Teachers 4 Social Justice Statement on Washington Murals

Teachers 4 Social Justice
4 min readJul 30, 2019


Teachers 4 Social Justice stands in full solidarity with the Native/Indigenous and Black communities that are demanding that the “Life of Washington” murals at George Washington High School be painted over.

These murals are located on unceded Raymatush Ohlone territory. Teachers 4 Social Justice believes in reparations and restorative justice. We must listen to Indigenous voices and take action according to their demands. Any discussion about keeping the murals is disrespectful of the call for repairing harm and healing.

The mural depicts an image of a murdered Indigenous person, as well as several other Indigenous persons painted in stereotypical, inaccurate ways. The mural also depicts African Americans only as enslaved people, supporting the problematic narrative that Black history is a history of victimization. These images of Native Americans and African Americans are demeaning to the Indigenous and Black students who attend GWHS daily. They are harmful to all students because they reinforce false narratives about Indigenous Peoples and African Americans. We have heard the argument that the artist’s intent was to critique George Washington as a murderer and enslaver. Regardless of the intent, it is clear that the continued existence of the murals has a negative impact on the students in the school, as many of them have voiced for many years. For that reason, the murals must be painted over.

Teachers 4 Social Justice believes it is critical for defenders of the murals to recognize that this mural is located in a school, not a museum. While artistic expression and the preservation of art has its place in the community, publicly displayed and sanctioned art has a responsibility to honor and respect those most impacted. As teachers who attempt to educate from a stance of social justice, history and its horrors are incredibly important to us. Some critics of the movement to paint over the mural have argued that painting it over will erase history. There are thousands of ways to teach history, and that history is always still with us. As Nation writer Jennifer Wilson reminds us, “Black and Native American people confront the realities of history every day in the form of job discrimination, police violence, environmental racism, health-care disparity, and other injustices that have roots in our nation’s history.” We very much live with the legacy of historic and present-day racism. Painting down this mural will become part of its history. It will also contribute to a history of organized groups of people building movements, taking collective action, and making demands for institutional change.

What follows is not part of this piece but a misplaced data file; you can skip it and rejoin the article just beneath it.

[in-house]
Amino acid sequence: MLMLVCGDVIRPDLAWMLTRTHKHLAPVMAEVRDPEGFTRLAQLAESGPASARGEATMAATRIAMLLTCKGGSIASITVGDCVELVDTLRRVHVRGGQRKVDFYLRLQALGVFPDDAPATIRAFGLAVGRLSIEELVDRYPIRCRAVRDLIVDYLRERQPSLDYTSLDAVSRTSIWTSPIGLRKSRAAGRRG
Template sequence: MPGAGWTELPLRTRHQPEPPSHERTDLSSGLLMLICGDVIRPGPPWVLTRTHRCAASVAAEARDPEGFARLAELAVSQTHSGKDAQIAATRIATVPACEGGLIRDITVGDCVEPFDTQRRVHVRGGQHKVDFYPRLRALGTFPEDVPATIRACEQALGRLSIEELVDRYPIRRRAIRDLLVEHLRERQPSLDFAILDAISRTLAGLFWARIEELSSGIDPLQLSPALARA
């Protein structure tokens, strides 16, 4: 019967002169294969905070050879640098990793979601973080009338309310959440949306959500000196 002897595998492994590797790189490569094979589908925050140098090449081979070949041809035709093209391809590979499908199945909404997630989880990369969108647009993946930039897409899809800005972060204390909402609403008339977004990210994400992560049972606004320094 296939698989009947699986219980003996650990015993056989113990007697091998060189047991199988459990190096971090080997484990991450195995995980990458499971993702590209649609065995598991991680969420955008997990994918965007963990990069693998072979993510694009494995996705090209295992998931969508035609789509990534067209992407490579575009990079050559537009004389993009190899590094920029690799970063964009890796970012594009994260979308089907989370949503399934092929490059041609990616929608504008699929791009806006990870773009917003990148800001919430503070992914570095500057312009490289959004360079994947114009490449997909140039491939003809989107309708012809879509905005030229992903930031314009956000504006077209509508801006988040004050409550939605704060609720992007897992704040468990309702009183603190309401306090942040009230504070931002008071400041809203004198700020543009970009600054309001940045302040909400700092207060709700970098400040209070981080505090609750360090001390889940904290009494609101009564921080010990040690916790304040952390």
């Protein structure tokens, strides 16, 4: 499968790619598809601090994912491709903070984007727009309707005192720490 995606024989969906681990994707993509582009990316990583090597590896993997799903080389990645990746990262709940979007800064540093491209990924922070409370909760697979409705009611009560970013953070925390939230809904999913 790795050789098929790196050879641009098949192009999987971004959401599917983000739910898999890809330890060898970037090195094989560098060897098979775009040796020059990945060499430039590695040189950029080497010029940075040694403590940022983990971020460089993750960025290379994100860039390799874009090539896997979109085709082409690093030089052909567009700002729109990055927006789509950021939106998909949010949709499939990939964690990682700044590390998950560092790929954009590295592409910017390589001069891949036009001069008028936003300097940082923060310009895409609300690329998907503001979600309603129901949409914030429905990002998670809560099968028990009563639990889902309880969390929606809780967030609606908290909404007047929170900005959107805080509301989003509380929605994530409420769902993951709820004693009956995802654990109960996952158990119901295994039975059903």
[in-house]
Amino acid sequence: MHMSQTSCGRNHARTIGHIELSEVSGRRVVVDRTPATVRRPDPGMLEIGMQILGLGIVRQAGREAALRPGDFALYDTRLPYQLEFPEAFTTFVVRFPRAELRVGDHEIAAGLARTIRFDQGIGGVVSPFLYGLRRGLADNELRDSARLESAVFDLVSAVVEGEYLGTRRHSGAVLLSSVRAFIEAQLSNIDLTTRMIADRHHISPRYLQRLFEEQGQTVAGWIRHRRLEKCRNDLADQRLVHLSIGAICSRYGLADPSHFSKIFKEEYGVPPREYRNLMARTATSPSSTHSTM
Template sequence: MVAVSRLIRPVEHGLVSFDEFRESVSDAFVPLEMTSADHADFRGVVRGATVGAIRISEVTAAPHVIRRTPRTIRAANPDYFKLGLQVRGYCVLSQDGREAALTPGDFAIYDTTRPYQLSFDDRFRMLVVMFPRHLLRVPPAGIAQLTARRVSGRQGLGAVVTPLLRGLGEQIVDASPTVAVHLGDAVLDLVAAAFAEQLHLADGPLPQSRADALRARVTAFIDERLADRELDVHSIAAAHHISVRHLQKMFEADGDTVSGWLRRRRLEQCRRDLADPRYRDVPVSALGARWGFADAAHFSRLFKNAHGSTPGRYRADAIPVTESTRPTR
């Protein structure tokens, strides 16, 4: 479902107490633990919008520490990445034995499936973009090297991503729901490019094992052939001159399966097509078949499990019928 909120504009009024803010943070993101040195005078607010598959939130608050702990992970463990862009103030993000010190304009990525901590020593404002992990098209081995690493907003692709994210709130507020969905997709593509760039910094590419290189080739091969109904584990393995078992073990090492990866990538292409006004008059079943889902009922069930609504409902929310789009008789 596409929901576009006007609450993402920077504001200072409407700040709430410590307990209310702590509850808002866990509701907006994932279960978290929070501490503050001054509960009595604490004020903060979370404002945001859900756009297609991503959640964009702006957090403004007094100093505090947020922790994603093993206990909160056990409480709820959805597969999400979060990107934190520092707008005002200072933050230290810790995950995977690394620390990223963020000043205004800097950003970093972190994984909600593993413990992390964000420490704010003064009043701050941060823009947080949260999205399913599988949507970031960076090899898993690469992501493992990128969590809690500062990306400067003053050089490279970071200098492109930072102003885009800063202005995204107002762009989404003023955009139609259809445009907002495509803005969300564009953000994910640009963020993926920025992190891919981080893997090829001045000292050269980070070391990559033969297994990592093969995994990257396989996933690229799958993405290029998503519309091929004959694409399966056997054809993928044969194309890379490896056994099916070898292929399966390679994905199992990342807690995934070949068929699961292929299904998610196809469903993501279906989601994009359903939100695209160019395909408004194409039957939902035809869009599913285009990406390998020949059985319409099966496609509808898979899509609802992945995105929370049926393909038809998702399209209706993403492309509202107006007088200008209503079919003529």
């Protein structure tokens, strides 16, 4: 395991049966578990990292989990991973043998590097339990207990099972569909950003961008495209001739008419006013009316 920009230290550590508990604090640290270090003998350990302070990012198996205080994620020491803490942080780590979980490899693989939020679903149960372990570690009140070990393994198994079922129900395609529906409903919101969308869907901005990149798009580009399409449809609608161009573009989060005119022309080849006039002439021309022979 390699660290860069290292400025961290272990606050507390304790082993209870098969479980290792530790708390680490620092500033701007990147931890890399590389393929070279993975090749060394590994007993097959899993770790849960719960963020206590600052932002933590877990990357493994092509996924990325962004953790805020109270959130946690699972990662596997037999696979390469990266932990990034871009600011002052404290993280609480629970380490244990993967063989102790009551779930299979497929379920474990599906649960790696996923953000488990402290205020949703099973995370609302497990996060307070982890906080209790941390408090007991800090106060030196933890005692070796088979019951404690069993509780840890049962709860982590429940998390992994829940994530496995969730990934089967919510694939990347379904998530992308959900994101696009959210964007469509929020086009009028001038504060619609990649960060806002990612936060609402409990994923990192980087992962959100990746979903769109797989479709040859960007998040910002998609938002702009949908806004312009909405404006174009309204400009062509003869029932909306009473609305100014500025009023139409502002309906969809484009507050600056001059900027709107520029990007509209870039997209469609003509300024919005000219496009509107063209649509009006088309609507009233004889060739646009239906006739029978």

For many of us, the teaching of our histories of oppression is emotional. It can be traumatic for both teachers and students. When we study this history, we approach it with rigor and serious intent, but we also allow space for emotional responses and dignified ‘outs’ for students. Our practices might include checking in with our African-American students about what they might need to be able to stay present during a unit on slavery in a class that has few African-American students; or offering students time for short reflection check-ins with trusted friends in the space. With a conscientious facilitator, we can face the pain of our histories in ways that still allow for student dignity and choice. A mural in a hallway does not allow for this kind of adaptation. We do not seek to avoid history, and in fact we can’t; instead, we seek to make space for students to engage with their own histories in a manner that feels as dignified and human as possible.

The conversations about these murals have raised questions about both the purposes of art and the ways in which we must face history. As educators, we can neither advocate forcing students to view provocative art nor graphic historical images for the sake of preserving the artist’s intent or making kids ‘deal with’ history in a decontextualized image like a mural. Ideally, our classrooms are providing spaces in which students can raise those questions themselves and come to their own conclusions with the benefit of an educator who is committed to the rigor of exploring the purposes of art and the trauma of history while centering the experiences of her students.

Teachers 4 Social Justice firmly believes that the “Life of Washington” murals must be painted down.

For further reading, Teachers 4 Social Justice recommends the following resources:


Teachers 4 Social Justice (T4SJ) is a grassroots Bay Area non-profit organization. Founded in 1999 by a group of San Francisco public school teachers, T4SJ organizes a network of over 4,000 educators and works to support social justice teaching and learning through public events, mobilizations and sharing resources. T4SJ strives to provide programs and projects that develop empowering learning environments, more equitable access to resources and power, and realizing a just and caring culture in our communities and schools.



Teachers 4 Social Justice

Teachers 4 Social Justice is a grassroots, non-profit teacher support and development organization. Visit t4sj.org for more info.